A food-processing education program in New York State backed by the Rochester Institute of Technology (RIT) and National Fuel has graduated its first class of students.
The program, part of a workforce development program designed to attract and train more qualified professionals into the food processing industry, awarded training certificates to 25 graduates. Numerous types of certificates were given; Lean Six Sigma Yellow Belt certificates were given through RIT, basic dairy science and sanitation through Cornell University, and team-building and OSHA training in a manufacturing environment through Genesee Community College.
According to Steve Hyde, president and CEO of the Genesee County Economic Development Center, the training program is a good example of how collaborating between schools and food processing companies can benefit both parties.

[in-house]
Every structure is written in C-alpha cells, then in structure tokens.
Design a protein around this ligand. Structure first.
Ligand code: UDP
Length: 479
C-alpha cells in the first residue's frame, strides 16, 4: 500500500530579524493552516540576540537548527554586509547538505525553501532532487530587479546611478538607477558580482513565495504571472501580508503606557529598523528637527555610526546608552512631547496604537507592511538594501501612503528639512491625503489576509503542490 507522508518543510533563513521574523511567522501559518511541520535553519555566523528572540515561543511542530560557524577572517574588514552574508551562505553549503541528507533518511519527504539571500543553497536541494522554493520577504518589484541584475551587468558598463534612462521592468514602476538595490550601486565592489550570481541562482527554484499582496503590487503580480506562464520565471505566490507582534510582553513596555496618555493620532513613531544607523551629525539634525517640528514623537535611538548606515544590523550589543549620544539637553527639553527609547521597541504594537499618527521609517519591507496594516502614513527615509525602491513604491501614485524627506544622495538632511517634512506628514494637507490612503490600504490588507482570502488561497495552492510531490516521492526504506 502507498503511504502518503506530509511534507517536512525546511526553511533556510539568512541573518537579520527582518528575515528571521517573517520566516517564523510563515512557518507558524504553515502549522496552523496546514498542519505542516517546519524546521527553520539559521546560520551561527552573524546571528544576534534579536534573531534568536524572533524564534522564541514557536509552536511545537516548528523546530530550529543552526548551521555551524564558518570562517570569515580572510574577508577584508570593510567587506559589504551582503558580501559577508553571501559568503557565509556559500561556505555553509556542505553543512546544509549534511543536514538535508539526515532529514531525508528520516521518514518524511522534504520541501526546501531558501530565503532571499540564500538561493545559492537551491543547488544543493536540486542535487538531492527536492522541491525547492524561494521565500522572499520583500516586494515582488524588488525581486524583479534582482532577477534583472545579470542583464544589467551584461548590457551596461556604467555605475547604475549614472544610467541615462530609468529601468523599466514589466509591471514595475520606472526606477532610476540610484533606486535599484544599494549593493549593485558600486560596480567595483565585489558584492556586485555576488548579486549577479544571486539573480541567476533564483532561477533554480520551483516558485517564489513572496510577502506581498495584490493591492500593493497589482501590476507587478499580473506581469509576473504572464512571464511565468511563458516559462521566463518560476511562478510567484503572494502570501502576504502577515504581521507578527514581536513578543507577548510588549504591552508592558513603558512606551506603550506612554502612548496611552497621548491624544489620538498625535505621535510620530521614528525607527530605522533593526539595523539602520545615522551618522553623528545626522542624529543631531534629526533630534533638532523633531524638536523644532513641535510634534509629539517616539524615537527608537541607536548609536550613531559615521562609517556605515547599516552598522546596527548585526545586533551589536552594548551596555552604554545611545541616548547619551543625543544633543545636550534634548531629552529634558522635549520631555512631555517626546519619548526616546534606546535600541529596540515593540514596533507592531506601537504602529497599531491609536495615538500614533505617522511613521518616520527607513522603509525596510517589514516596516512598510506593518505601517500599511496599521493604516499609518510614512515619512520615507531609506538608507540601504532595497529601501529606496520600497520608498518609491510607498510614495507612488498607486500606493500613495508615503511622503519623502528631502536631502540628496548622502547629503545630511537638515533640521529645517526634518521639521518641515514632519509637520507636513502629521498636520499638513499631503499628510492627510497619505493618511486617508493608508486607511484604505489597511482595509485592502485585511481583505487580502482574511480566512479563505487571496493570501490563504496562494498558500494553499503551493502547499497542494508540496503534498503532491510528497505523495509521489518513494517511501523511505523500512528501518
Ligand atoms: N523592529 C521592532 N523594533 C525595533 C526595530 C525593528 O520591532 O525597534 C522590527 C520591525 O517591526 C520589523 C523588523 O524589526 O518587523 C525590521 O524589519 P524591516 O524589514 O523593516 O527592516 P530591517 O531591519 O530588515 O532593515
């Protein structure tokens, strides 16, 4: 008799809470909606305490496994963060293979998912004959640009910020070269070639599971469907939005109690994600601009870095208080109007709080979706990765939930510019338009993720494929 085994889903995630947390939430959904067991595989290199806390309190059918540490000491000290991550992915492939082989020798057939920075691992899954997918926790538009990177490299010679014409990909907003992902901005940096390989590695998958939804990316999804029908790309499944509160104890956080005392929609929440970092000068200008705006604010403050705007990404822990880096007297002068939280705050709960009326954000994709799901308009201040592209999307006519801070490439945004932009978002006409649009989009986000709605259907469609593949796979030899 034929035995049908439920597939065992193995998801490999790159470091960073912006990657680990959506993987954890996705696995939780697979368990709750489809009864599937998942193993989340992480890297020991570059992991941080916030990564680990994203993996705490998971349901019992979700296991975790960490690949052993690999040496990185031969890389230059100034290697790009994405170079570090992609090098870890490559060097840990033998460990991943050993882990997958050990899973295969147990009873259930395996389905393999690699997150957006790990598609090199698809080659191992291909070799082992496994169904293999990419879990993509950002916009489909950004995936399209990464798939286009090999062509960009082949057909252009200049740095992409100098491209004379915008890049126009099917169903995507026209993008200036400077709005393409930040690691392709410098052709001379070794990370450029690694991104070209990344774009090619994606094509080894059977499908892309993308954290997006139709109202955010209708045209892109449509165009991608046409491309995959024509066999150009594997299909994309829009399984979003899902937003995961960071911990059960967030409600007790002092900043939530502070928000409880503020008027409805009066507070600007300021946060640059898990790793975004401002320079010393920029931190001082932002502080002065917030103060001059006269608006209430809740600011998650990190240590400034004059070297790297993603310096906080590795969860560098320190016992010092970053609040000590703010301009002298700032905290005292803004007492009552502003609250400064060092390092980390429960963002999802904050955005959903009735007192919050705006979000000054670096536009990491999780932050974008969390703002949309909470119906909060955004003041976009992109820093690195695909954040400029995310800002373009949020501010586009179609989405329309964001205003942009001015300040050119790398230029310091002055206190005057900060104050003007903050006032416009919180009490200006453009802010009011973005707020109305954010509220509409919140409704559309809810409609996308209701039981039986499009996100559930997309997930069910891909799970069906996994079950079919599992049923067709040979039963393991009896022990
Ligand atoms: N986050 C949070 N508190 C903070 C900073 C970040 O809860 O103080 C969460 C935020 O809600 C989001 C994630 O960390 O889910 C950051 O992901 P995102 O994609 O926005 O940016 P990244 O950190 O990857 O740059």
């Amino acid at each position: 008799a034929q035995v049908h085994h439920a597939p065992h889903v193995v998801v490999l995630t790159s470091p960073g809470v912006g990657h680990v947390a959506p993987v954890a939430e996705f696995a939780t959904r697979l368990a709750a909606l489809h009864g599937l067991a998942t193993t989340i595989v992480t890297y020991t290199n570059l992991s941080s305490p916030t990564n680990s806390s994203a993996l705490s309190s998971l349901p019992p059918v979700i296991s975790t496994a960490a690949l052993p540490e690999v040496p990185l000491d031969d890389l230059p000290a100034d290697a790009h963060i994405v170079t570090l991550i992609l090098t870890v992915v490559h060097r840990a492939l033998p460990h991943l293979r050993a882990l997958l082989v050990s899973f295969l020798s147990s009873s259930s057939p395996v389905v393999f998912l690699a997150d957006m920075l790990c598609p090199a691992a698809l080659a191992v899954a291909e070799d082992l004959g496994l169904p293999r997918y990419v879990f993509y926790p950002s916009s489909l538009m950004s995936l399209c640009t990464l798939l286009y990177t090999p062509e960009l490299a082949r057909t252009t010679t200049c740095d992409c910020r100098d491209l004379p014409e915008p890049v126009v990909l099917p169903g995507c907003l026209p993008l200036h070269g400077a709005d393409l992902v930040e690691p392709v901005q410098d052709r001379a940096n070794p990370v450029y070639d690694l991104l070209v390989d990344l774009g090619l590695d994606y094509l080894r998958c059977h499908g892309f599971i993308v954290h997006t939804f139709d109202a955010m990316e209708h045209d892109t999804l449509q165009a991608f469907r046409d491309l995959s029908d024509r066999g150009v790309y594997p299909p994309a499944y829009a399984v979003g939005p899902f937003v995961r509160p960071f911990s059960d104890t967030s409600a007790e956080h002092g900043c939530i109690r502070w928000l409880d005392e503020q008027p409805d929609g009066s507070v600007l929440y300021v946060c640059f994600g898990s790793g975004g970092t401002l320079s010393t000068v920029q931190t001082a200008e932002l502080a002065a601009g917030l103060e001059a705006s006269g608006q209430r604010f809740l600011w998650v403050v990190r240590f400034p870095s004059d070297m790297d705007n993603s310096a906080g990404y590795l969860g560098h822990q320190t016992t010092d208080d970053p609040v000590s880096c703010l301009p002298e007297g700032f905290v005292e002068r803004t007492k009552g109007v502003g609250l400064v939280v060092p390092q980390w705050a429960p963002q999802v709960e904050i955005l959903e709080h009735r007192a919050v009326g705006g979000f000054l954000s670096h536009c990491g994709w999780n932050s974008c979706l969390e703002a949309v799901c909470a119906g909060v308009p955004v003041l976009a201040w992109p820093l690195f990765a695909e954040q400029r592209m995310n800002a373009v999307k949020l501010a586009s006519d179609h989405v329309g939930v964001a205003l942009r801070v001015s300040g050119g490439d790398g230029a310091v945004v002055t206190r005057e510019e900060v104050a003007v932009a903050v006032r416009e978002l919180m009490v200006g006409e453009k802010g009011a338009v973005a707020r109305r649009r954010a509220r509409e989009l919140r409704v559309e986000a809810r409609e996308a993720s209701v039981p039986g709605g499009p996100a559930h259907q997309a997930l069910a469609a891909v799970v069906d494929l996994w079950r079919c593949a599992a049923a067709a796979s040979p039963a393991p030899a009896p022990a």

“If we are going to create a world-class industry cluster in the food processing industry, then we need to make sure our workforce is highly trained and educated,” he said.
Tristan Zuber, Dairy Foods Processing Extension associate at Cornell University, said partnerships with the food and dairy processing industry in New York State have long been a tradition at the school.
“Workforce development is now a key to the growing industry and we are continuously developing and improving our training programs and accessibility to meet industry needs and to support economic development," he said.
One graduate of the food processing program already has been hired;18 others are in the process of applying at a local cheesemaker, while others are interviewing at a yogurt manufacturing facility nearby. while 18 graduates will visit and tour Yancey’s Fancy, an artisan cheese maker in Corfu, as part of a job application project at the company. Alpina and Muller Quaker Dairy are also interviewing and considering the graduates at their yogurt manufacturing facility in the Genesee Agri-Business Park.
The Genesee Community College has asked the New York State Education Department to approve a two-year Food Processing Technology associates degree. The program has already been approved by the GCC Board of Trustees and is now under review by the State University of New York as well as SED.